0-10v or 0-10VDC is one of the simplest control signaling systems where 0 volts represents no gas and 10 volts represents 100% gas level from the sensor. The 0-10 volt standard is primarily used in the HVAC industry. The primary disadvantage is that 0v can be caused by either no gas or a bad sensor, and because of the higher voltage needed, the analog sensor must have additional power and circuitry.
0-3VDC is similar to 0-10VDC, it has the same disadvantages, but is used in cases where lower power input and output is required.
The most common digital signal output is RS-232, the industry standard for serial data input and output. RS-232 transmits positive and negative voltages across 2 wires that are converted to binary 0’s and 1’s. The transmit data and receive data wires (Tx and Rx) plus a ground wire are all that are needed to send and receive a digital signal from a sensor.
The advantage of being able to both receive and transmit data means that the sensor can be remotely configured or calibrated from a micro-processor or a PC. The disadvantage is that because the data is transmitted “serially” point-to-point. Only one electronic device can talk to another over a serial cable.
RS-232 was originally designed for telecommunications systems and is used in computer COM ports. In modern personal computers, USB has displaced RS-232, so an external USB to RS-232 converter is often used. However, because RS-232 is an industry standard it is still often used where a short-range, point-to-point, low-speed wired data connection is acceptable.
RS-485 is an industry standard that allows multiple sensors (called slaves) to communicate with a supervisory computer (master) over a single set of 3 wires. By default, Modbus can handle up to 32 sensors on a single cable, but with additional hardware signal repeaters it can handle up to 256. The advantage of Modbus over RS-232 is that the maximum distance between the master and the last slave on the cable can be 1,200 meters.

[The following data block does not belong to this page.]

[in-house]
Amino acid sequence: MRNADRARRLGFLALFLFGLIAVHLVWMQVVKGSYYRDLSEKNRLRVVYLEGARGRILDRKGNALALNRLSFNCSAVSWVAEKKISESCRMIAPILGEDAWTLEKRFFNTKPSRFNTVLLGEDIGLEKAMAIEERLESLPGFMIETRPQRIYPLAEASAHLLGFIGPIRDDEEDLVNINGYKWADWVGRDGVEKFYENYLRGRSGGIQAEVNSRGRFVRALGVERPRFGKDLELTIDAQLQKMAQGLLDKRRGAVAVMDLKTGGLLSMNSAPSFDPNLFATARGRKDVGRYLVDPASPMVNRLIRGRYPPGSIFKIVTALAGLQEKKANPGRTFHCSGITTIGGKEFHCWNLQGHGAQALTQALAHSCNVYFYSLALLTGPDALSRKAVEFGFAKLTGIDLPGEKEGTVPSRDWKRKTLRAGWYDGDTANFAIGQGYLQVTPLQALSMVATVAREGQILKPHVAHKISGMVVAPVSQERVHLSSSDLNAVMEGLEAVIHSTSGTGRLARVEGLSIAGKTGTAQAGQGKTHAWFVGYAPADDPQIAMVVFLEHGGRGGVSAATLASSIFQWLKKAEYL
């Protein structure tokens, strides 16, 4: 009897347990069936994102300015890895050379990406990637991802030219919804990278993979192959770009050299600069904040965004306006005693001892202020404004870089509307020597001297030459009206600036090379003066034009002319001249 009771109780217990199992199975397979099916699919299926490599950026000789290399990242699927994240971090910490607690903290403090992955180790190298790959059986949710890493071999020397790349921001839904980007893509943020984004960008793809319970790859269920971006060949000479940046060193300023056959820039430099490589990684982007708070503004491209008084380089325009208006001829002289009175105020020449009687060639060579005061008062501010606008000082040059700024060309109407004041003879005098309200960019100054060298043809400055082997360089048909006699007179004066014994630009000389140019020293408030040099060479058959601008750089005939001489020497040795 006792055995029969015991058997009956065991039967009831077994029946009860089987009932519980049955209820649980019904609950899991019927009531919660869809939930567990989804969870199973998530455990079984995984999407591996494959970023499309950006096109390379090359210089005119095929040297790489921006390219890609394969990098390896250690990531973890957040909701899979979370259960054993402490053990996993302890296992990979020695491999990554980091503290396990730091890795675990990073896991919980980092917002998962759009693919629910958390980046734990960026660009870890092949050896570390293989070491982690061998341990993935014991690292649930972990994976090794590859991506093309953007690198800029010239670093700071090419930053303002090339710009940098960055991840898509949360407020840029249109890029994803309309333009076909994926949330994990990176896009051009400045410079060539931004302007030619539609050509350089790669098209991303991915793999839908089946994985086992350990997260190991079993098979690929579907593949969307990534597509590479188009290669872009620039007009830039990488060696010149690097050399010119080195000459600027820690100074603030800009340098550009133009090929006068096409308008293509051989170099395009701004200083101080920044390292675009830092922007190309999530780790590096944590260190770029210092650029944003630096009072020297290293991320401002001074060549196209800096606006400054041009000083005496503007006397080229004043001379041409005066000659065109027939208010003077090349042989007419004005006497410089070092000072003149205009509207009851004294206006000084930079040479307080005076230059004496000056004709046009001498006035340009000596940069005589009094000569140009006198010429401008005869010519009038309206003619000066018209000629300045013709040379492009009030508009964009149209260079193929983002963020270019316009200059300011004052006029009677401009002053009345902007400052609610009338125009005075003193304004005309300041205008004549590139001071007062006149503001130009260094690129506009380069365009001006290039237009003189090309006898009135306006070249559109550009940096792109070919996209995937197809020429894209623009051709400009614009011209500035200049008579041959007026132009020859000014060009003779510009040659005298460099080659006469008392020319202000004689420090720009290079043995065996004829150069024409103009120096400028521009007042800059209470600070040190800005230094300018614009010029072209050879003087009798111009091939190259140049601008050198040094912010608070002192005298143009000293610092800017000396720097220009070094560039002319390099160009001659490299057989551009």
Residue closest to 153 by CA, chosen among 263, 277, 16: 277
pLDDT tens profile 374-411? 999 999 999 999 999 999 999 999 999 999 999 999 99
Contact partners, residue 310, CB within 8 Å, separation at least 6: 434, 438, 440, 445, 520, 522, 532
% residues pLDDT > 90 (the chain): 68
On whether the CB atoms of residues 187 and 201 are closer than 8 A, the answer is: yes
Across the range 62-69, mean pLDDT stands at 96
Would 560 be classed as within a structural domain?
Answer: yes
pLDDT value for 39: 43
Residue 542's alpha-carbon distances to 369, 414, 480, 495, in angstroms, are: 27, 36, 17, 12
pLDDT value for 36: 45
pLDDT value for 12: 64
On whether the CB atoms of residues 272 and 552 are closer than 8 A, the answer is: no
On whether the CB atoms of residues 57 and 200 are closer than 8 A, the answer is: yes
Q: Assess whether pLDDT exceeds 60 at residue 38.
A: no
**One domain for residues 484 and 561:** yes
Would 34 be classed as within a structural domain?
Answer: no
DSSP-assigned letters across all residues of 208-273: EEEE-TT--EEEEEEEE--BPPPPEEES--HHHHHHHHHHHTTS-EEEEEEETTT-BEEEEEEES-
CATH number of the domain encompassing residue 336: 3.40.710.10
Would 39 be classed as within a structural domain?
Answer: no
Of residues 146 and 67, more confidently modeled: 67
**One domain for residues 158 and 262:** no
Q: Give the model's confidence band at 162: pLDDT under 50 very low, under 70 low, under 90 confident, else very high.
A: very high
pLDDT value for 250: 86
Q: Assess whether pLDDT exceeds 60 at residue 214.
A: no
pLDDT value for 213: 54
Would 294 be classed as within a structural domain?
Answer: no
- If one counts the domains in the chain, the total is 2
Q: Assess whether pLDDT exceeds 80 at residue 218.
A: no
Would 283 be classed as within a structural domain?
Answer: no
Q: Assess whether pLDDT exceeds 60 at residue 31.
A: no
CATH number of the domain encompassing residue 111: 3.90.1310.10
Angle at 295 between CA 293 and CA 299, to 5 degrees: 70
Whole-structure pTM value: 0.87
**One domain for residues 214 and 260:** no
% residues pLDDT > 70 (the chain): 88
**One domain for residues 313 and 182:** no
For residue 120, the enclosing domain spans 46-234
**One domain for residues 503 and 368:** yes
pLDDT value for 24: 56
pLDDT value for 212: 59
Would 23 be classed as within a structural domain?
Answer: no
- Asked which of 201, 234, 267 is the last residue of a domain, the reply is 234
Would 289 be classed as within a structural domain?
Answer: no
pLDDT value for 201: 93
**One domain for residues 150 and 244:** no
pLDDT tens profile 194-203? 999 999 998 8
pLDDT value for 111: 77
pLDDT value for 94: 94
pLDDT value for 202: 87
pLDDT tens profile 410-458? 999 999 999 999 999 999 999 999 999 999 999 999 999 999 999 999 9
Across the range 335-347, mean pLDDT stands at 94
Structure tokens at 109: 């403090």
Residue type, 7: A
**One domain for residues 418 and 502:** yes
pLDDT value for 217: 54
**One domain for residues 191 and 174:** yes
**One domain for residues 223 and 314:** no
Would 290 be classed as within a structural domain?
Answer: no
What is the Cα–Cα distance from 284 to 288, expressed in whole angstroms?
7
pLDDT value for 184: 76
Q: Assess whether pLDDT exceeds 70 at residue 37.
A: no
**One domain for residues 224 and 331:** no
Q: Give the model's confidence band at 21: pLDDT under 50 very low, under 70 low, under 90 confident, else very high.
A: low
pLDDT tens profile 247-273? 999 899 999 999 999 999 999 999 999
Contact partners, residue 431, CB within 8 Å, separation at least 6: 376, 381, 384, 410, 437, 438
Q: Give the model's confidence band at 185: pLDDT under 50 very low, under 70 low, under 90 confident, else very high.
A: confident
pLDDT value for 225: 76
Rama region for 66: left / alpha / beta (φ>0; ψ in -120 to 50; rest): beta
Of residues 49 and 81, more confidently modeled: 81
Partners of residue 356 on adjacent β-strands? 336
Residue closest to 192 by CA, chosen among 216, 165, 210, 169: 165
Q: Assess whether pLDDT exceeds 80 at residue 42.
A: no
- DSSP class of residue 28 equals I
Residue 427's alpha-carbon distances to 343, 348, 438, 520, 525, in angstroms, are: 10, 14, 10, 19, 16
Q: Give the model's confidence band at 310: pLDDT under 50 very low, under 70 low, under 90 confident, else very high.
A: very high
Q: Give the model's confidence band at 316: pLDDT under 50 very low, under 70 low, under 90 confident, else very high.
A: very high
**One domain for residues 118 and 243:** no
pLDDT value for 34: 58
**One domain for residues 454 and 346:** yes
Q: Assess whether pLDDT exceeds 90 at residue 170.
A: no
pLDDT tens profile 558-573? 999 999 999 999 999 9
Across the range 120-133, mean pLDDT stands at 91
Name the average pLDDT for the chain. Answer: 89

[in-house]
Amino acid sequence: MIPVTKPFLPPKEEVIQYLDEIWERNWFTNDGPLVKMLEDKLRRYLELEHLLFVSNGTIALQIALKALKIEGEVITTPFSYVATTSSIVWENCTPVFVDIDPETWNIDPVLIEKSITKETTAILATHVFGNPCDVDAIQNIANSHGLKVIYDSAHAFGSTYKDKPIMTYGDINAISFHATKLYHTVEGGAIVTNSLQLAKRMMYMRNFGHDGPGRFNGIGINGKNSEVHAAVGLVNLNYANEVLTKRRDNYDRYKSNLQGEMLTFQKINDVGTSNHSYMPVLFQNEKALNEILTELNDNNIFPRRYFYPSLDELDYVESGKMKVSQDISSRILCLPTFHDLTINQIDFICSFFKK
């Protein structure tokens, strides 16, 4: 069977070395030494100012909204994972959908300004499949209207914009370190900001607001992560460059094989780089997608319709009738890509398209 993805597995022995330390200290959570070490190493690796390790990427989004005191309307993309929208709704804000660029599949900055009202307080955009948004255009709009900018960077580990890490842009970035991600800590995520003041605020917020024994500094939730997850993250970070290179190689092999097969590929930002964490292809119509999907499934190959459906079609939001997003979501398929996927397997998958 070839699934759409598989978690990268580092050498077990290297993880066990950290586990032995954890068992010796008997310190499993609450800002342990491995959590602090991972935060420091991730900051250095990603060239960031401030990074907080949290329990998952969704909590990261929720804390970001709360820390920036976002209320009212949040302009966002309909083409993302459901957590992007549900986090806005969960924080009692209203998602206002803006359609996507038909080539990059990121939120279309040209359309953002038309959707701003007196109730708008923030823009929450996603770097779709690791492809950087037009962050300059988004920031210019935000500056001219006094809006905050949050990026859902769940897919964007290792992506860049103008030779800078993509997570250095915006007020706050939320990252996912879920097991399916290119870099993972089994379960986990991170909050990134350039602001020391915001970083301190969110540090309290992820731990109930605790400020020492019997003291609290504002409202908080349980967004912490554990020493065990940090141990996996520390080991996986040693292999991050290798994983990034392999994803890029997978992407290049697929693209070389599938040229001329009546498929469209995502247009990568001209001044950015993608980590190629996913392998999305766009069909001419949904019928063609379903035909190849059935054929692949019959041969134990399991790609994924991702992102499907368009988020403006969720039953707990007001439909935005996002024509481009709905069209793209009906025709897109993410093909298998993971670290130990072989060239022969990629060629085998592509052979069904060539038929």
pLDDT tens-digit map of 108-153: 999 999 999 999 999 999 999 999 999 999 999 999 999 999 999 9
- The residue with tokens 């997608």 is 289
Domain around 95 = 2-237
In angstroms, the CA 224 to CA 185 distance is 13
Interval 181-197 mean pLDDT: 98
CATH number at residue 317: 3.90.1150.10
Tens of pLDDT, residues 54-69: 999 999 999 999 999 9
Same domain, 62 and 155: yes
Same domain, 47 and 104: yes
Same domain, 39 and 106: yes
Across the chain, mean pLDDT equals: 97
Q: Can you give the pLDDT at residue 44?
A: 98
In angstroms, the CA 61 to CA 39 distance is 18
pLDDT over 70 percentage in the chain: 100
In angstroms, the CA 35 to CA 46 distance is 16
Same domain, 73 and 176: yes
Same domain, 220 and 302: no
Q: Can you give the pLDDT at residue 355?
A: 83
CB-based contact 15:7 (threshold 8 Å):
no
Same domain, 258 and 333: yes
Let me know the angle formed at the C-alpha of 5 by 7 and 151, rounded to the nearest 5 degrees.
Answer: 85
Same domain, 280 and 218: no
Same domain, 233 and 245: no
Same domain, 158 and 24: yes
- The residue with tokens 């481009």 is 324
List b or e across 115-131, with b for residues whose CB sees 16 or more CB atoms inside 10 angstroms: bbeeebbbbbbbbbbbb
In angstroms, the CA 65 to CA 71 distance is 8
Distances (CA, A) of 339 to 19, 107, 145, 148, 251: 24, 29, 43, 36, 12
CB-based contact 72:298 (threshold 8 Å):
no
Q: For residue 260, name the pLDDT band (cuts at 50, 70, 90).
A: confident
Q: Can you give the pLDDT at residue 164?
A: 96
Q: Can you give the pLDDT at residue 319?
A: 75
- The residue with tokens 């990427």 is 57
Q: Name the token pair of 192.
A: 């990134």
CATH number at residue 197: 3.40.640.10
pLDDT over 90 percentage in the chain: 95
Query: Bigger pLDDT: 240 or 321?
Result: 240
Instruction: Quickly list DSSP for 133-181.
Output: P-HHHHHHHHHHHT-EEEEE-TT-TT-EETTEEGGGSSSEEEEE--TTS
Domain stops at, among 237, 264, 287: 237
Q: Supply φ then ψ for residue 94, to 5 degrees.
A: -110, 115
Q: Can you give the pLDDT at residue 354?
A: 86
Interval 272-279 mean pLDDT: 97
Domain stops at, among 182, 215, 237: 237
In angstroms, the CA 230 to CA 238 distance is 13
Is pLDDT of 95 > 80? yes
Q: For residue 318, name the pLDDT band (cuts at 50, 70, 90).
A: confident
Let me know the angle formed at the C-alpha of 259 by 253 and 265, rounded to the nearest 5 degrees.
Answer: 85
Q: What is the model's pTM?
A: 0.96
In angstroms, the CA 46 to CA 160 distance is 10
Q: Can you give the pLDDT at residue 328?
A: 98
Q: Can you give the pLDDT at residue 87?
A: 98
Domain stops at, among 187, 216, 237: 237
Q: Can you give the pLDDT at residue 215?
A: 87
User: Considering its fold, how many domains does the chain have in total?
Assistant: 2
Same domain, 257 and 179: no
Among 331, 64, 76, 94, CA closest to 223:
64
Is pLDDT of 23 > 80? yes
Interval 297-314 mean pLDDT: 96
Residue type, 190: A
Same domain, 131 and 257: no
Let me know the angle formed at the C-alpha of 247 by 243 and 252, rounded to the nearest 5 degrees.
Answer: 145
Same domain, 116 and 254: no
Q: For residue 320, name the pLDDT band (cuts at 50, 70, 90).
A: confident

Inter-Integrated Circuit, or I2C is a digital communications method many sensors now include. Intended to reduce wiring complexity over short distances, it is a simple synchronous scheme the allow for multiple devices to share a signal over 2 wires like RS-232. The wires are referred to as SCL (clock) and SDA (data).
With I2C, you can connect multiple slaves to a single master or you can have multiple masters controlling single or multiple slaves. A useful example of this would be to have sensor data sent to both a memory card to log data and an LCD for real-time display.
Modbus is a type of serial communication protocol often included in the logic of digital gas sensors. It is an open-source standard for connecting industrial electronic devices.
Modbus is not a digital output. Instead, it acts as a wrapper around other kinds of digital data like RS-485, RS-232 Serial or TCP Ethernet. By sending and receiving digital signals encoded with Modbus rules and commands, multiple sensors (called slaves) can be controlled by a supervisory computer (master) over a single set of wires or on the same network.
Before you select a gas sensor it is important to know which analog or digital signal outputs it supports. Most electrochemical sensors only output a 4-20 mA signal, while more sophisticated sensors output both analog and digital outputs.
In our experience, sensors that output RS-232 serial output have the most flexibility as they can communicate with PCs, over USB and with Raspberry Pi or Arduino micro-processors. Modbus and RS-485 may be included with the sensor output logic, or can be added later with inexpensive connectors.